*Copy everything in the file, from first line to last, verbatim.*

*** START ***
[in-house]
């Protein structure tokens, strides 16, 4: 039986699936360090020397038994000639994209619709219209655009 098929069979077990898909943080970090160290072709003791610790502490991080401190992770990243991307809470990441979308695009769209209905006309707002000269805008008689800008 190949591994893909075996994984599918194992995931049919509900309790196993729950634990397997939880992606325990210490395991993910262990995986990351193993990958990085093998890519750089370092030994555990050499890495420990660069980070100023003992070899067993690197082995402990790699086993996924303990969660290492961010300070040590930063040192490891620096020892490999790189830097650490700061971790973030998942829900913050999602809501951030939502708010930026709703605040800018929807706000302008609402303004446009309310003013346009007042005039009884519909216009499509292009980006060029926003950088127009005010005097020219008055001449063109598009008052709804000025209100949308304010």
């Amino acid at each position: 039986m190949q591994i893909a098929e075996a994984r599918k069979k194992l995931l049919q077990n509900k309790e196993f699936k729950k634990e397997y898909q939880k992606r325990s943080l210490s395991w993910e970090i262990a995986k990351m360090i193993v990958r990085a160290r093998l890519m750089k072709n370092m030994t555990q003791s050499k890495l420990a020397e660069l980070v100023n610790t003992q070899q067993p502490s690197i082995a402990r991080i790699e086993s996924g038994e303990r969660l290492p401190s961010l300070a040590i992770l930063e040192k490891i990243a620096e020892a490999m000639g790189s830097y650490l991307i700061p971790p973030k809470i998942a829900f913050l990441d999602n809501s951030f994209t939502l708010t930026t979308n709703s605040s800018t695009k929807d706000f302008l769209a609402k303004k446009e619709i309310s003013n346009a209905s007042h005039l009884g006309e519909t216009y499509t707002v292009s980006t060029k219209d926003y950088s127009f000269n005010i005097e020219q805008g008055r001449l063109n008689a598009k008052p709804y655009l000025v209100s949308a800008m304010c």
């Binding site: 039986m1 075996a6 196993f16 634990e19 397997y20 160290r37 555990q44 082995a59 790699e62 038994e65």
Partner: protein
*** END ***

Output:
[in-house]
């Protein structure tokens, strides 16, 4: 039986699936360090020397038994000639994209619709219209655009 098929069979077990898909943080970090160290072709003791610790502490991080401190992770990243991307809470990441979308695009769209209905006309707002000269805008008689800008 190949591994893909075996994984599918194992995931049919509900309790196993729950634990397997939880992606325990210490395991993910262990995986990351193993990958990085093998890519750089370092030994555990050499890495420990660069980070100023003992070899067993690197082995402990790699086993996924303990969660290492961010300070040590930063040192490891620096020892490999790189830097650490700061971790973030998942829900913050999602809501951030939502708010930026709703605040800018929807706000302008609402303004446009309310003013346009007042005039009884519909216009499509292009980006060029926003950088127009005010005097020219008055001449063109598009008052709804000025209100949308304010």
């Amino acid at each position: 039986m190949q591994i893909a098929e075996a994984r599918k069979k194992l995931l049919q077990n509900k309790e196993f699936k729950k634990e397997y898909q939880k992606r325990s943080l210490s395991w993910e970090i262990a995986k990351m360090i193993v990958r990085a160290r093998l890519m750089k072709n370092m030994t555990q003791s050499k890495l420990a020397e660069l980070v100023n610790t003992q070899q067993p502490s690197i082995a402990r991080i790699e086993s996924g038994e303990r969660l290492p401190s961010l300070a040590i992770l930063e040192k490891i990243a620096e020892a490999m000639g790189s830097y650490l991307i700061p971790p973030k809470i998942a829900f913050l990441d999602n809501s951030f994209t939502l708010t930026t979308n709703s605040s800018t695009k929807d706000f302008l769209a609402k303004k446009e619709i309310s003013n346009a209905s007042h005039l009884g006309e519909t216009y499509t707002v292009s980006t060029k219209d926003y950088s127009f000269n005010i005097e020219q805008g008055r001449l063109n008689a598009k008052p709804y655009l000025v209100s949308a800008m304010c």
């Binding site: 039986m1 075996a6 196993f16 634990e19 397997y20 160290r37 555990q44 082995a59 790699e62 038994e65």
Partner: protein